He watched them look at each other, when the other wasn't looking, an expression on their faces that hit him in the gut like a brick.
Dean nodded. "Yeah, they're the ones."
Look for two people like us, Sam had said. And it was a guy and a girl who'd known each other since they were little kids, both raised in the hunting life, who'd been in love since they were teenagers.
The irony hadn't escaped him.
As the date got closer, Sam got more nervous. The more nervous Sam got, the calmer Dean seemed to be. It was infuriating.
Sam slept with one hand on Dean's chest, right where his lungs expanded, right where the heavy thud of Dean's heartbeat was loudest. If Dean would've allowed it, Sam would've hooked him up to monitors that made loud beeps when something was wrong.
If Dean was awake, Sam was awake. They played cards. They watched movies, but no new ones and no sad ones. Sam's eyes would start to fill up anyway, at the stupidest little things. He was glad they watched in the dark.
When there was a few more weeks to go, one night when they were both staffing the operations room, Dean looked over at him, putting down the gun he was trying to fix. "You got something you wanna ask me?"
Dean had asked him this question before, usually accusingly, usually angrily. But this time, he was just asking.
"No?" Sam said, not sure himself. He took off his glasses and put them on the book, rubbing the bridge of his nose between two fingers. "Why, what's wrong?"
"Nothin'," Dean said quietly, hands folded on the table in front of him, putting Sam in that spotlight gaze that would've made anyone else feel uncomfortable and threatened. "I'm just thinkin'... if you got something weighin' on your mind, man, why take it with us?"
And for days and days, Sam asked all kinds of questions, questions that he had been holding in, because Dean hated them and making Dean talk about this stuff would shut him down.
And Dean asked all kinds of questions of his own, questions that he'd been holding in because he didn't want to look weak for asking, didn't want to look like someone who worried, about anything.
Sam answered all of Dean's and Dean answered all of Sam's, and in the low light of the operations room, when the phones were quiet, they were like little boys again, swinging their legs off the edge, with nothing left to lose.
One year to the day, Dean got up the way he always did, sitting on the edge of the bed for a few minutes before rising painfully to his feet.
Sam made breakfast. When Ash padded in, whining at the smells, Sam pretended not to notice when Dean slipped him a slice of bacon.
Dean glanced over all the official documents one last time. Damned if he was going to be screwed over by a lawyer when he wouldn't be there to do anything about it.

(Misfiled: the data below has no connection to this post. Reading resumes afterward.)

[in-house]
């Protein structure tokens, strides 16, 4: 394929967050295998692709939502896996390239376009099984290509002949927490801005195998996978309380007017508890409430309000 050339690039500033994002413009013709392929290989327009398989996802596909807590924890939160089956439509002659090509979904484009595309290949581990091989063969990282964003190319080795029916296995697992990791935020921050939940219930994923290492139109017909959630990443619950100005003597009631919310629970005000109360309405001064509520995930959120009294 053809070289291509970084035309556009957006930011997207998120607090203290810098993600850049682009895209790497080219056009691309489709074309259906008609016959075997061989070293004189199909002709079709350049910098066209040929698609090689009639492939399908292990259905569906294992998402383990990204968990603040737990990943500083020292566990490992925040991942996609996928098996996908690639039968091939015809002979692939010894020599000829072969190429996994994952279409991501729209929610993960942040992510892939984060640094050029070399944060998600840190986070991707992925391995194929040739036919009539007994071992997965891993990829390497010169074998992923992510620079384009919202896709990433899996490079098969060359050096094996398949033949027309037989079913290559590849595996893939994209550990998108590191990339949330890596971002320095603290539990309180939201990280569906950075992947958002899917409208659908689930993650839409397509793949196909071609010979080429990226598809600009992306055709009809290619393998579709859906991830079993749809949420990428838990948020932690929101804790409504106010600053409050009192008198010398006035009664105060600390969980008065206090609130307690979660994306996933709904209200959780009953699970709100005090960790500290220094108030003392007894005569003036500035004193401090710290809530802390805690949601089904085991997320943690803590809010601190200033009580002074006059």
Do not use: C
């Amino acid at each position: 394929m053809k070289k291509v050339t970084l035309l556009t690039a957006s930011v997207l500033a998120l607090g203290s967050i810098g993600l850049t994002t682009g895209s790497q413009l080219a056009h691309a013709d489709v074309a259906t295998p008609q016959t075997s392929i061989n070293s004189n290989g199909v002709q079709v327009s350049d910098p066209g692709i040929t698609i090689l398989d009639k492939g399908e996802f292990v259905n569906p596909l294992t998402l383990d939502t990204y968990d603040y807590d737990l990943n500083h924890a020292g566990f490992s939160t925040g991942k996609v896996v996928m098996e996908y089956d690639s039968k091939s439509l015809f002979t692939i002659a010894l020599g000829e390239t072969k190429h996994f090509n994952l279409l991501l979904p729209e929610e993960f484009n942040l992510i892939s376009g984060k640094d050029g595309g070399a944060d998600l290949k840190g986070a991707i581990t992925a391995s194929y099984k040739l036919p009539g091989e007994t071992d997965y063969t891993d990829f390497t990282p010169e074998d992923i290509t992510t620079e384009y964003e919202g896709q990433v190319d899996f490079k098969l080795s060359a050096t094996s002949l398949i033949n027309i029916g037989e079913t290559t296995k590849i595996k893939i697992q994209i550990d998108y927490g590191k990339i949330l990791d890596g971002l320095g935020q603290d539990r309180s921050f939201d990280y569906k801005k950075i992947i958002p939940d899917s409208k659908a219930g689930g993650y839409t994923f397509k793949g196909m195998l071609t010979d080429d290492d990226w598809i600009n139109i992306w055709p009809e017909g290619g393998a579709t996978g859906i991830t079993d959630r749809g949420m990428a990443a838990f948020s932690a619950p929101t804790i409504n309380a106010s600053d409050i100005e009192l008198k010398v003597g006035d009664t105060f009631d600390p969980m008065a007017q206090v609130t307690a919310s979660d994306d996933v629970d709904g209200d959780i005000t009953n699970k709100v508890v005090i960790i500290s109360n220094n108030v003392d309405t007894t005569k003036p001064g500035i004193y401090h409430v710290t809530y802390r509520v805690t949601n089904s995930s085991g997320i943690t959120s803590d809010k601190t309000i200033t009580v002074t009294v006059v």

He and Sam weren't apart all day. They went into town and bought some very good Scotch, the expensive stuff, and sat on the back end of the car, passing the bottle back and forth between them, looking over everything they'd created for themselves here in the Devil's Gate.
They put a sign up on the bar's doors that morning that said "Closed for Renovations" and set about cleaning it up, to make it nice for Beth and Chris.
Dean put a roll of quarters in the jukebox, and they listened to Led Zeppelin all day. Sam heard him singing to himself as he stocked the shelves behind him, making all the labels face the same way.
At 3:00 PM, Dean put the dog outside, because Sam told him that dogs could get traumatized, too. And even though he thought Dean would make something of it, he hugged the dog. But then Dean hugged him too, scratching him under his red collar.
Dean had set aside two bottles from the bar and handed one to Sam. Sam started to shake, but he didn't know if it was fear, or because the time was getting closer.
They didn't say much. They hadn't left themselves a lot of stuff to get out of the way. Any barriers between them were clear now. Bad blood, troubles, old grudges... as scrubbed clean as the bar downstairs.
Dean had thought about dying lots of places. He didn't want to die in the bed. He didn't want to in the car (that didn't seem fair to the car, or to Chris and Beth who had to inherit it).
If he could've chosen, he would've died on his feet with a gun in his hand, the way he'd always wanted it. But that wasn't practical. That was just leftover macho bullshit.
Dean opened all the windows and Sam, realizing what he was after, turned on the air conditioning as cold as it would go.
At 3:30 PM, they sat down on the old sofa.
Sam thought Dean might want to watch something, like a Clint Eastwood movie or some movie they had basically memorized, but the set stayed off. They sat there quietly, shoulder against shoulder, knee against knee, each drinking with the opposite hand.
"What time is it now?" Sam asked.
"It's close. Stop askin'."
"Dean," Sam said finally. "Dean, I'm sorry, this deal, you know, I -"
Dean shook his head, shushing him lightly. "I woulda done the same thing. Sammy, just stop. Look at me."
Sam looked at him, really looked at him as Dean looked back. He wanted to say so much, but nothing felt good enough.
He was sure he could feel it now, that he could feel the end closing on them, because Dean looked... younger. Like all the worry had dropped away, smoothing the lines of his face.
Sam said, in a voice that sounded like it was sent from 25 years ago, "Do you think it'll hurt?"
Dean smiled, his eyes bright green, clear and unbothered, like Sam hadn't seen them since before Hell, and said, "Not for much longer."